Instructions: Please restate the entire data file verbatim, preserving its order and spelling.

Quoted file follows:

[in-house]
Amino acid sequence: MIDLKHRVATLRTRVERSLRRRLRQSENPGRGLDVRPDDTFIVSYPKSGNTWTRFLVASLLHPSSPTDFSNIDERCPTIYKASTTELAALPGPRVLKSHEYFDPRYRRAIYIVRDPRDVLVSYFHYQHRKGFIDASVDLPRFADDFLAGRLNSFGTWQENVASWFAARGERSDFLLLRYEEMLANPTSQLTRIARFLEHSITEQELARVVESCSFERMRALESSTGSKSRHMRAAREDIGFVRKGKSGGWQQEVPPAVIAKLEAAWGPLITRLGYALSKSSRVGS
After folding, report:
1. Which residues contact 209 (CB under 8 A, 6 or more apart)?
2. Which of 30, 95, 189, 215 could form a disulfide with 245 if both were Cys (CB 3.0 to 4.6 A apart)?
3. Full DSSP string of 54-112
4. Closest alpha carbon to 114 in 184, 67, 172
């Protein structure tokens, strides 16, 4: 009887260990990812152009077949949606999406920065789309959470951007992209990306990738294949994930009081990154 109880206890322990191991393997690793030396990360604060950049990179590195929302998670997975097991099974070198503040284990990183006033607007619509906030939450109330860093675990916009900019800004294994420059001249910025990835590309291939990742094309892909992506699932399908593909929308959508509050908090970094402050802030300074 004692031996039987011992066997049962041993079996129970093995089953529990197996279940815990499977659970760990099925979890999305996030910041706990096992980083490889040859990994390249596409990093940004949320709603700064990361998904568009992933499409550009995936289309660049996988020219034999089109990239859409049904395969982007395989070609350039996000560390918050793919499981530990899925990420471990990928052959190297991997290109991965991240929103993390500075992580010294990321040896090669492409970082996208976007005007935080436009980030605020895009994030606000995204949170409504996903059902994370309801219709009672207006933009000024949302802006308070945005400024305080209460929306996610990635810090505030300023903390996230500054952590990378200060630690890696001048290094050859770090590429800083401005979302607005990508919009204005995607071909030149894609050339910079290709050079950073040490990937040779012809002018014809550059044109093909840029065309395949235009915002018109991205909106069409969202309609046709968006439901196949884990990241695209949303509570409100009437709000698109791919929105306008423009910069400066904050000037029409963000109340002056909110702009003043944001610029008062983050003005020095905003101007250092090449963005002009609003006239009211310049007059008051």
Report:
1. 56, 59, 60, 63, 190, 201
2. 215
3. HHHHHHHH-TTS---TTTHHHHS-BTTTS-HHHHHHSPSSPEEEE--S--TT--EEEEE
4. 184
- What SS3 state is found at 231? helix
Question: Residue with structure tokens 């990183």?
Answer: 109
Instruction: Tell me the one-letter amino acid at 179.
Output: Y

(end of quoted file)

[in-house]
Amino acid sequence: MIDLKHRVATLRTRVERSLRRRLRQSENPGRGLDVRPDDTFIVSYPKSGNTWTRFLVASLLHPSSPTDFSNIDERCPTIYKASTTELAALPGPRVLKSHEYFDPRYRRAIYIVRDPRDVLVSYFHYQHRKGFIDASVDLPRFADDFLAGRLNSFGTWQENVASWFAARGERSDFLLLRYEEMLANPTSQLTRIARFLEHSITEQELARVVESCSFERMRALESSTGSKSRHMRAAREDIGFVRKGKSGGWQQEVPPAVIAKLEAAWGPLITRLGYALSKSSRVGS
After folding, report:
1. Which residues contact 209 (CB under 8 A, 6 or more apart)?
2. Which of 30, 95, 189, 215 could form a disulfide with 245 if both were Cys (CB 3.0 to 4.6 A apart)?
3. Full DSSP string of 54-112
4. Closest alpha carbon to 114 in 184, 67, 172
């Protein structure tokens, strides 16, 4: 009887260990990812152009077949949606999406920065789309959470951007992209990306990738294949994930009081990154 109880206890322990191991393997690793030396990360604060950049990179590195929302998670997975097991099974070198503040284990990183006033607007619509906030939450109330860093675990916009900019800004294994420059001249910025990835590309291939990742094309892909992506699932399908593909929308959508509050908090970094402050802030300074 004692031996039987011992066997049962041993079996129970093995089953529990197996279940815990499977659970760990099925979890999305996030910041706990096992980083490889040859990994390249596409990093940004949320709603700064990361998904568009992933499409550009995936289309660049996988020219034999089109990239859409049904395969982007395989070609350039996000560390918050793919499981530990899925990420471990990928052959190297991997290109991965991240929103993390500075992580010294990321040896090669492409970082996208976007005007935080436009980030605020895009994030606000995204949170409504996903059902994370309801219709009672207006933009000024949302802006308070945005400024305080209460929306996610990635810090505030300023903390996230500054952590990378200060630690890696001048290094050859770090590429800083401005979302607005990508919009204005995607071909030149894609050339910079290709050079950073040490990937040779012809002018014809550059044109093909840029065309395949235009915002018109991205909106069409969202309609046709968006439901196949884990990241695209949303509570409100009437709000698109791919929105306008423009910069400066904050000037029409963000109340002056909110702009003043944001610029008062983050003005020095905003101007250092090449963005002009609003006239009211310049007059008051």
Report:
1. 56, 59, 60, 63, 190, 201
2. 215
3. HHHHHHHH-TTS---TTTHHHHS-BTTTS-HHHHHHSPSSPEEEE--S--TT--EEEEE
4. 184
- What SS3 state is found at 231? helix
Question: Residue with structure tokens 């990183």?
Answer: 109
Instruction: Tell me the one-letter amino acid at 179.
Output: Y